Attorneys represent families in a variety of cases including divorce, child custody, child support, visitation and domestic violence cases. In most of these situations, it is in the best interests of all parties involved to pursue and participate in mediation. In fact, most Courts require mediation prior to final hearing. Mediation provides a less expensive and less adversarial option than litigation. When the spouses have children together or must otherwise maintain a cordial relationship, it is important that they align their interests and learn how to deal with each other in a productive manner. It is important that the parties at the mediation negotiate in a manner that is in the best interest of the children. I require it, and so do the Courts. Some stumbling blocks that parties may encounter during mediation include:
Lack of Preparation
Parties may blindly enter the mediation process with no idea of what to expect or knowledge of what is expected of them. Family law attorneys can help explain the process of mediation to their clients. Additionally, attorneys can assist by preparing the case through proper research and documentation.
When dealing with children, property and money, it is common for people to become highly emotional. The parties may need to vent their frustration with what they perceive as deceptive or unfair behavior by the other party. Attorneys can be particularly helpful at the beginning of mediation by explaining their client’s side in a matter-of-fact manner. Additionally, it can be more effective for parties to vent during a private session so that the parties do not begin with such bad blood. This way, they can express their feelings and then transition into moving onto the issues at hand. On the other hand, a general session can allow both parties to vent their hurt feelings and frustrations to their spouses, especially if they never had the opportunity to do so prior to their separation.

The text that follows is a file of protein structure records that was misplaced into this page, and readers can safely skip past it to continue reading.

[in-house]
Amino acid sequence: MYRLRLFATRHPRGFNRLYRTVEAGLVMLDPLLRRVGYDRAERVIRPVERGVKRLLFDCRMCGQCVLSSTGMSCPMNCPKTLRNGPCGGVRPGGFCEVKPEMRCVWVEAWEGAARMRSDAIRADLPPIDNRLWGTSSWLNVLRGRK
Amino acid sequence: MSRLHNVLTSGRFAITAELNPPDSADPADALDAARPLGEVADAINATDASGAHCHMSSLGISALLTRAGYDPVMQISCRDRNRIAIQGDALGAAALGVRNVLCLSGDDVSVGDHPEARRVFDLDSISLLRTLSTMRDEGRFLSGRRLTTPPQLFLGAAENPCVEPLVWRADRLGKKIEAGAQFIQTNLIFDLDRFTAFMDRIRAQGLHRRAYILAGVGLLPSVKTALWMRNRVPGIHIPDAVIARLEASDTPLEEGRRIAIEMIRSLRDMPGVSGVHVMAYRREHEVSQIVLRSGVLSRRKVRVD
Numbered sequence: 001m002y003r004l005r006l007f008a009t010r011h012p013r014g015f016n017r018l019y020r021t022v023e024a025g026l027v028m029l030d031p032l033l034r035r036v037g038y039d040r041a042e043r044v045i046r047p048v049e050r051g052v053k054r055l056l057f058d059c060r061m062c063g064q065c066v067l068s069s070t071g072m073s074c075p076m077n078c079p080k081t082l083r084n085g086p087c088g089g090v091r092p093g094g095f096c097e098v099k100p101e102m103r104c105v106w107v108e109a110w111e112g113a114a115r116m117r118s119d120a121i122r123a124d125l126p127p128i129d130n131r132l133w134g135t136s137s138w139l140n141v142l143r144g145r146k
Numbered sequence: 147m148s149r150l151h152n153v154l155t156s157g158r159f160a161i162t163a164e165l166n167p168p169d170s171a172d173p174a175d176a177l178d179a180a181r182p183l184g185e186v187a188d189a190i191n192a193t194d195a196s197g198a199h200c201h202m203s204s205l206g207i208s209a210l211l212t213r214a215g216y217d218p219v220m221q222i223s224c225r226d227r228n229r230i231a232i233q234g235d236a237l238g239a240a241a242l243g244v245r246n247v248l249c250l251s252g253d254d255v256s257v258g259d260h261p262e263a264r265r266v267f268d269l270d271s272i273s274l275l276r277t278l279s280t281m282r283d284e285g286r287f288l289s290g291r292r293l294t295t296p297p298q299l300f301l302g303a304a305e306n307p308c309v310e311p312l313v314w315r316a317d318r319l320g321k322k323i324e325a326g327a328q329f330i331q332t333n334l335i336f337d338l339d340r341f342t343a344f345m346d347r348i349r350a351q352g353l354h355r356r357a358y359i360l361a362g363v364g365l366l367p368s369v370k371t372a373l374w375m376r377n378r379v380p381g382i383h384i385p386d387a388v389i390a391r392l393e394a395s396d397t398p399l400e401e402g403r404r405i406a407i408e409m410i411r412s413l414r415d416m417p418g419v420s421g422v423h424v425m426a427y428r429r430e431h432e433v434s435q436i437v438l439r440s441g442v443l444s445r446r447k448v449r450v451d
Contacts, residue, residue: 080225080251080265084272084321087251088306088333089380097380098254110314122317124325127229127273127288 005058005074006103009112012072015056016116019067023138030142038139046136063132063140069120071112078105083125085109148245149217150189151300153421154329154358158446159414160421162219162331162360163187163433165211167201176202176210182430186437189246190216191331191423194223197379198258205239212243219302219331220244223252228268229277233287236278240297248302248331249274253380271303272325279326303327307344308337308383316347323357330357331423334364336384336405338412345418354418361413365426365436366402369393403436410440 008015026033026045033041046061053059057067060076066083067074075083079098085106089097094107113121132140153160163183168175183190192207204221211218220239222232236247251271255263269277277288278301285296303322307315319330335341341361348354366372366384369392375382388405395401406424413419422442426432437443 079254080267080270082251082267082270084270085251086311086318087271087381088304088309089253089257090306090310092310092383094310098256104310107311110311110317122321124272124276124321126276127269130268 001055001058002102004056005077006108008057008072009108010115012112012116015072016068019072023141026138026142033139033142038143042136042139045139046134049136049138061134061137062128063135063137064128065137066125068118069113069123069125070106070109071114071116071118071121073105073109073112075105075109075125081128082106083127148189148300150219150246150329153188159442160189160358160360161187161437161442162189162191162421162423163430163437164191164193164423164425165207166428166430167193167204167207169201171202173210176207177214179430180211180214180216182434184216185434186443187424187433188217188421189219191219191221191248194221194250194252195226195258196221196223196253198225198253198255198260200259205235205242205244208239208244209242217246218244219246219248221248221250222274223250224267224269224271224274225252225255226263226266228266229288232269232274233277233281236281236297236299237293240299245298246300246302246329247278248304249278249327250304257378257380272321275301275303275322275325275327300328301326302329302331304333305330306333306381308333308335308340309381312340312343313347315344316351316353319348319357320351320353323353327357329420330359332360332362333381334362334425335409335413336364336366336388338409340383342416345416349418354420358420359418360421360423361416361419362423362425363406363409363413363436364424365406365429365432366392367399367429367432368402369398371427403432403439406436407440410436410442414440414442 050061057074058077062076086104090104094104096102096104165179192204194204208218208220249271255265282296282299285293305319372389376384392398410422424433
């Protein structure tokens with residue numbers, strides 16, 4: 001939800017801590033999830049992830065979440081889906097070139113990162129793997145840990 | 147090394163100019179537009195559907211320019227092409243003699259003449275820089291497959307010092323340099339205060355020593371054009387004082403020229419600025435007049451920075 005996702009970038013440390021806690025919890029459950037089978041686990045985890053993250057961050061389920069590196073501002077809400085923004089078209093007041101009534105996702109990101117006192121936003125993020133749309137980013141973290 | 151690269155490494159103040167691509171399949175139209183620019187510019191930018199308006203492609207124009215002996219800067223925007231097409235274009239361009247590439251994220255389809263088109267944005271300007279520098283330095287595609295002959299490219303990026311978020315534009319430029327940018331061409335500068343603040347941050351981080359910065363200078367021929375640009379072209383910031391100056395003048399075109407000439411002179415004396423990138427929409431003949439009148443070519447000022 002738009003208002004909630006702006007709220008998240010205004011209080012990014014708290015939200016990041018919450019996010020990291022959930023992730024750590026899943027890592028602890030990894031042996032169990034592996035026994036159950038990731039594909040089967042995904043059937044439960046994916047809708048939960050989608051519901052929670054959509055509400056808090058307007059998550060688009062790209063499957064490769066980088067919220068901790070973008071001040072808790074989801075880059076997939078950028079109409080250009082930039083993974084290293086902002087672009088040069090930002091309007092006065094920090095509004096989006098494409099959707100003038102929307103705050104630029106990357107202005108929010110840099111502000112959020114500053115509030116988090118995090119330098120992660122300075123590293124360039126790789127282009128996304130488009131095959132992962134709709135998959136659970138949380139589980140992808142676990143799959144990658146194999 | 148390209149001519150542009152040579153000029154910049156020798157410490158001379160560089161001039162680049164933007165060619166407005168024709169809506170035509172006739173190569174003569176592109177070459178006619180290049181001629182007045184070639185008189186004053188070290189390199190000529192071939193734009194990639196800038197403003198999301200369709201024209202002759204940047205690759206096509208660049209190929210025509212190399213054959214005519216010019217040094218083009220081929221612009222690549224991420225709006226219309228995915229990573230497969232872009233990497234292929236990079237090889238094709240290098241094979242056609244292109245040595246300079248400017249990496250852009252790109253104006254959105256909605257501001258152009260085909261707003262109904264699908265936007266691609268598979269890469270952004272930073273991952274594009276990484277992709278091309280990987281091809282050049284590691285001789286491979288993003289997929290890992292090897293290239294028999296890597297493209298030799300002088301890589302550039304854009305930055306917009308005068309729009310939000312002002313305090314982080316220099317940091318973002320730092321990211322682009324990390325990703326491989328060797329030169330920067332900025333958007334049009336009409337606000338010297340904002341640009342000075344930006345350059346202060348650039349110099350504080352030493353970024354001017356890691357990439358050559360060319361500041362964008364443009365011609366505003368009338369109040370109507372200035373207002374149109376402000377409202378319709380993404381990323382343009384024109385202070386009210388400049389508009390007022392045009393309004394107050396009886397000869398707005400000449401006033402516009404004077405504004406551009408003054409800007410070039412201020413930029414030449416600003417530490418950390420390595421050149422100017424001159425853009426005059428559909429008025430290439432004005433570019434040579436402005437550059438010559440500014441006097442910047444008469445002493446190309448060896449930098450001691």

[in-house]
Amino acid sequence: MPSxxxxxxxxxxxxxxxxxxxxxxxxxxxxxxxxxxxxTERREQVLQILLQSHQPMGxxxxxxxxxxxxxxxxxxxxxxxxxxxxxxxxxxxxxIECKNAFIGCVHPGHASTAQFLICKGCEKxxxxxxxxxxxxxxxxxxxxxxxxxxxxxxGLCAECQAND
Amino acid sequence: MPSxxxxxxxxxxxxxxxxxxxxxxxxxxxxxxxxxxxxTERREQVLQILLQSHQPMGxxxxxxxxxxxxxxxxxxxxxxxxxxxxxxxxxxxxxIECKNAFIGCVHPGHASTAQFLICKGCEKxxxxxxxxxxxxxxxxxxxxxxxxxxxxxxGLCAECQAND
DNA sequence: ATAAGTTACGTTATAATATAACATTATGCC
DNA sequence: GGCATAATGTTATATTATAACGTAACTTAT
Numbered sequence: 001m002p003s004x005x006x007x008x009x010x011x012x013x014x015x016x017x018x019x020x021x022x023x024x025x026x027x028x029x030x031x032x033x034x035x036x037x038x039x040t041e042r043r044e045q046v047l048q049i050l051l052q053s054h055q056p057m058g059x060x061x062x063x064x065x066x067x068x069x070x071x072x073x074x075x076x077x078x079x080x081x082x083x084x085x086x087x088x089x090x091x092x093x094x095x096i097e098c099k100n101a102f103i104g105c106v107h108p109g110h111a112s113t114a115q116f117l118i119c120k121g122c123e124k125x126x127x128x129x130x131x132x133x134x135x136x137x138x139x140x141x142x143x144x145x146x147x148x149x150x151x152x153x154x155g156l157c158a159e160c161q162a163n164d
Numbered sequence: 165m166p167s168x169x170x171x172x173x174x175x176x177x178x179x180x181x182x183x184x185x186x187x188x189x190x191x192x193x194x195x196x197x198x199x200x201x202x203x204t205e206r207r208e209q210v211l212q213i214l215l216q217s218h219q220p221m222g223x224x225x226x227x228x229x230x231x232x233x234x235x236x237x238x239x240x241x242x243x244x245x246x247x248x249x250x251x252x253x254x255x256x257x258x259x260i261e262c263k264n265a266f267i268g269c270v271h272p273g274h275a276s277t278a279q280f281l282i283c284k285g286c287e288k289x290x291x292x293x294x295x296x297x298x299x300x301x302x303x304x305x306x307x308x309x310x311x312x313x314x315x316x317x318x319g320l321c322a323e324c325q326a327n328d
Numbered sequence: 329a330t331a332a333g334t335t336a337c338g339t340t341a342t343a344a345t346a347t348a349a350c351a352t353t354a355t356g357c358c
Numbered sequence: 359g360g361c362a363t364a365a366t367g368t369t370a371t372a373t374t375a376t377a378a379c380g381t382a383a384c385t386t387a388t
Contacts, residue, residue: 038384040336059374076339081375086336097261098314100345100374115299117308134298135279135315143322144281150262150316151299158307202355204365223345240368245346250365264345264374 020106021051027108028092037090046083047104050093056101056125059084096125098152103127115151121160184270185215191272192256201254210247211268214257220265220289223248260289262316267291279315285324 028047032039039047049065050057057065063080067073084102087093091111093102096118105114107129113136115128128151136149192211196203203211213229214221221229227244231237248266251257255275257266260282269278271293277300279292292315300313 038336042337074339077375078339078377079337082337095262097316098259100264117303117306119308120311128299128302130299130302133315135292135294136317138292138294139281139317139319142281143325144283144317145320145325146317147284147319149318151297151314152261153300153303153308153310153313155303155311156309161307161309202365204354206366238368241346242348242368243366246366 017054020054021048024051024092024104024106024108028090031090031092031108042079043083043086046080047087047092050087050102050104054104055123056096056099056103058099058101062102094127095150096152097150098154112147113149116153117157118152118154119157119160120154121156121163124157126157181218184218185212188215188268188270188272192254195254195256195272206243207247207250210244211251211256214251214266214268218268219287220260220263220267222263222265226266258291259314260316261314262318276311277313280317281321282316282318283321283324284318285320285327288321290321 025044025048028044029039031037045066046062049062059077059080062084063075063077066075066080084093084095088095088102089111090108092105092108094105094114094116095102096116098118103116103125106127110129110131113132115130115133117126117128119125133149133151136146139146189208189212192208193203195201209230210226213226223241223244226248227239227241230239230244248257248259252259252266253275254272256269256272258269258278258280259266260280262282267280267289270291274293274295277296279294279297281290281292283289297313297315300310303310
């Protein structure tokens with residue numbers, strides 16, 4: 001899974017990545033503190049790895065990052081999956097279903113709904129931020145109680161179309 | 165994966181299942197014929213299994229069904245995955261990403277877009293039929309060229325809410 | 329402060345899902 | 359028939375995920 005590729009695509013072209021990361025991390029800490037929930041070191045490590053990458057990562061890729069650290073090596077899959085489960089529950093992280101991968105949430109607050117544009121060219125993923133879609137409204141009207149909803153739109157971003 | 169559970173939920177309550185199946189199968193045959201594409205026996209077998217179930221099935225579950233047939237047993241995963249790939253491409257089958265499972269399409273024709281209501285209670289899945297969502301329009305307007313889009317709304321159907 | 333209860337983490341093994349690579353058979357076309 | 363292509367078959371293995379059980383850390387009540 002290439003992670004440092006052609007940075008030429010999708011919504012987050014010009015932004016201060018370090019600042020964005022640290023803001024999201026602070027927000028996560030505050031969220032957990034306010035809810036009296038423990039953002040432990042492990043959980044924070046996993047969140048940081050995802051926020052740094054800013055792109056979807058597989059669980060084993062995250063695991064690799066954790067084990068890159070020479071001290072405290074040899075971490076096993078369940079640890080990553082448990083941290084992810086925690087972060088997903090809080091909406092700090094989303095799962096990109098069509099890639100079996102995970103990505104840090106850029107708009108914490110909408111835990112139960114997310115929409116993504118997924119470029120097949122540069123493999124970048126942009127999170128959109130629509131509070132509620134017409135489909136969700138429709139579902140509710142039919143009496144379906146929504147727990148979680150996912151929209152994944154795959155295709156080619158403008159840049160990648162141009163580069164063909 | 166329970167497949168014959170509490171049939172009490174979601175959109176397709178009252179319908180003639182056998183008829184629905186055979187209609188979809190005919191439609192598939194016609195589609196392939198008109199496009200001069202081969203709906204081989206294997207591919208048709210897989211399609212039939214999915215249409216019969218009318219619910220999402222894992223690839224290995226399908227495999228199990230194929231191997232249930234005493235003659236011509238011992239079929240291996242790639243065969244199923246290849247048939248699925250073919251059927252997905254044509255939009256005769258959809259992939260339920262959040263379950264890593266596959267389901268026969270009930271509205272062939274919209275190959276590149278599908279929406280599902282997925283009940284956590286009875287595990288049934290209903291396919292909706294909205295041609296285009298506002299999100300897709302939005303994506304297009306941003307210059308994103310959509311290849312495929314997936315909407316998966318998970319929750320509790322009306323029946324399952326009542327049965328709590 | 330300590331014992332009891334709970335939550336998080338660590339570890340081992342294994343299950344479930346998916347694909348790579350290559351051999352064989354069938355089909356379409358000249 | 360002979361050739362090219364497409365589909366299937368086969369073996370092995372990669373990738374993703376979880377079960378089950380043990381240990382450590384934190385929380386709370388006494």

Focus on Past Misdeeds
Another hurdle that the parties must overcome is the desire to focus on each other’s past misdeeds. A skilled mediator can often effectively handle this issue by having a comprehensive general session. He or she explains the mediator’s role to serve as a neutral facilitator of communication. He or she states that the purpose of mediation is to help resolve the issues that are currently plaguing the parties. The mediator also sets ground rules at this point, such as refraining from talking disrespectfully to one another, cursing, or otherwise disrupting the process through inappropriate behavior. Even if the parties have had a poor relationship in recent history, the mediator strives to get the parties to consider the future.
Many people involved in mediation are not trained negotiators. When going through mediation, parties should avoid behaviors that are adverse to assisting their interests. For example, making outlandish demands will only create more bad blood and make that participant appear less credible. The parties should negotiate the case as a business deal rather than negotiating on emotions. Attorneys can assist their clients with this issue by discussing beforehand the negotiation style that the attorney uses. It should be well established when the client will talk and when the attorney will talk. A good rule of thumb is for the attorney to ask to talk to his or her client privately after each potential settlement offer so that the client can receive candid advice about the repercussions of such agreements.